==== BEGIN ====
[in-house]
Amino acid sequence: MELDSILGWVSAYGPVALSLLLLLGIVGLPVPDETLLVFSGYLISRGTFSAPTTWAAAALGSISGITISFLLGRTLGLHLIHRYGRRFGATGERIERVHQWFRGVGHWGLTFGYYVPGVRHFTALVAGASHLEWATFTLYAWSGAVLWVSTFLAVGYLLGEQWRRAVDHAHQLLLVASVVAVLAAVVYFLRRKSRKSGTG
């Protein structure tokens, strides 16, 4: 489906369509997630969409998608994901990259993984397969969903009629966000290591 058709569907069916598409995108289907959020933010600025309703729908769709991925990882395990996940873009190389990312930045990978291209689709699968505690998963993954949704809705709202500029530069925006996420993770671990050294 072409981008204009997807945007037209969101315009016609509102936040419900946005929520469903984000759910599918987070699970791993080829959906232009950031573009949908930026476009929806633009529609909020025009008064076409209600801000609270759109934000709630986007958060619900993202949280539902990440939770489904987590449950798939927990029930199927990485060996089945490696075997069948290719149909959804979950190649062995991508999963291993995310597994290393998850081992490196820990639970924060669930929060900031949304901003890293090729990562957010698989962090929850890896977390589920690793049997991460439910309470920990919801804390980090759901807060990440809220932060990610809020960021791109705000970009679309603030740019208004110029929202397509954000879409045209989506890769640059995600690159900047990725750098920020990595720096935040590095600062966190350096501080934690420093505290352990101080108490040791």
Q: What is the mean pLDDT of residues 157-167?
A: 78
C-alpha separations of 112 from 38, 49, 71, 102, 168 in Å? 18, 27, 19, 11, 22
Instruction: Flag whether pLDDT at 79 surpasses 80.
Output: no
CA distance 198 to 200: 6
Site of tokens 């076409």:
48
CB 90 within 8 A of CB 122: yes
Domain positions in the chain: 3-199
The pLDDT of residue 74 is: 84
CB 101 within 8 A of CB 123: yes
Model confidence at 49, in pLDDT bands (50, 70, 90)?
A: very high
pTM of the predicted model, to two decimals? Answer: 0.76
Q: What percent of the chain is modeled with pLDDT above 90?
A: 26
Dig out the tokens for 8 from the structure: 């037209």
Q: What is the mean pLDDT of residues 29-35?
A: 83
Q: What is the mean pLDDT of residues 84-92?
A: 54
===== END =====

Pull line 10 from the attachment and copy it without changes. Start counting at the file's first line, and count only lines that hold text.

Site of tokens 């076409």: